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Day 56: Rio de Janeiro

Michael Palin - BrazilOne of the inescapable impressions of this city, even on another glum day of squally south-easterly winds, is of a liveliness and openness to new ideas, particularly in the arts: the joyful ambition of the graffiti artists, the colour- saturated murals that liven up the concrete canyons, even the elaborate and complex sand sculptures which you see along the beach, with a bucket beside them to throw a coin in if you like them. It's all evidence of the public expression of an exuberant imagination. One Brazilian who typifies this is Vik Muniz, born in a favela in São Paulo fifty years ago, and now an artist with a worldwide following. His work delights in contrasts, in bringing together iconic images and doing something different with them, often using everyday materials that artists don't normally use, like dust and cotton and food and clothing. Muniz created a double Mona Lisa out of jam and peanut butter and a recreation of the Last Supper in chocolate syrup. He lives in New York these days, but works a lot in Rio and his latest project is to set up an art school in a beautiful location on a hill overlooking Ipanema and Copacabana. But, being Vik Muniz, there is a twist to the tale. The beautiful hillside location is already occupied by a rambling, unpacified favela called Vidigal. With Vik's contacts we're able to get up to the site where he hopes to locate his arts centre. As we look out, a man sits against a wall nearby, eyeing us benevolently, and cradling an AK-47.

The view is magnificent, a sweeping panorama of the finest beaches and the most sought-after property in the city. Vik notes the irony. 'Saint-Tropez surrounded by Mogadishu,' is how he describes it. 'Most of the people who live down there have never seen it from up here.'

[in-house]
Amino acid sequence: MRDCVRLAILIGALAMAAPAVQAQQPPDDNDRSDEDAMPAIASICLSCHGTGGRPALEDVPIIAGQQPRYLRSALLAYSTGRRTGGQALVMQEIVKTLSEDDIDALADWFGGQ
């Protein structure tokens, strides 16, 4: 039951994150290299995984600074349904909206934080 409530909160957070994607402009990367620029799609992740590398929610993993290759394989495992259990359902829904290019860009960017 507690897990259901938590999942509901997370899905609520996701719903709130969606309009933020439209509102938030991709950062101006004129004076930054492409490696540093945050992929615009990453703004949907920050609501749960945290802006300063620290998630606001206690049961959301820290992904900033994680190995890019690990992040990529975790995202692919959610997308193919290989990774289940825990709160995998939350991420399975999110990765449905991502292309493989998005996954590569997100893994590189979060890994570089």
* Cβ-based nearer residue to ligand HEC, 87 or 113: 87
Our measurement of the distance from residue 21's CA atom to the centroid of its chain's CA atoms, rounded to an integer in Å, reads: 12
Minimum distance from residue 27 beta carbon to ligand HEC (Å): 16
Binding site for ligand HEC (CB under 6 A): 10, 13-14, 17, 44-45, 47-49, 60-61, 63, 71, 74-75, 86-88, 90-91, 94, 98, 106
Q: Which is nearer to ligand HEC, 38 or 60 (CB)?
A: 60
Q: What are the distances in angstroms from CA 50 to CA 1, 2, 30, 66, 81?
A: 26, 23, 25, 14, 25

There is, of course, an umbilical connection between the two, between what he calls the Asphalt and the Hill. Rio, says Vik, has one of the highest living standards in the world, because of the pool of cheap labour available in the favelas.

'And yet,' he says, 'you ask the people how often they've been to their maid's house or their nanny's house.' He spreads his arms 'They don't know where they live. They don't know anything about them.'

There is prejudice on both sides. Those down below imagine a place like Vidigal to be full of lawless bandits and drug dealers, and those who look down on the city are quite sure that anyone who can afford a twenty-million-dollar apartment in Ipanema must be a crook.

Vik is not short of evidence on both sides. He tells me some horrible tales of gang vengeance. Of a drug dealer beheaded by an opposing gang who then played soccer with his head as a ball; of retribution by necklacing – forcing a rubber tyre over someone's head and setting it alight. But on the whole he's optimistic, not just that things are changing with pacification, but that the contrast between rich and poor, of the employers and the workforce, can be a productive one, especially for an artist. The life of people on the other side is where an artist like himself can flourish. Recently he completed a series of powerful images with material from Jardim Gramacho, the world's largest rubbish dump, on the outskirts of Rio. He worked with a group of matadors, highly organized scavengers who walk the tip, picking through the city's waste for recyclable materials.
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  • Series: Brazil
  • Chapter: Day 56: Rio de Janeiro
  • Country/sea: Brazil
  • Place: Rio de Janeiro
  • Book page no: 234

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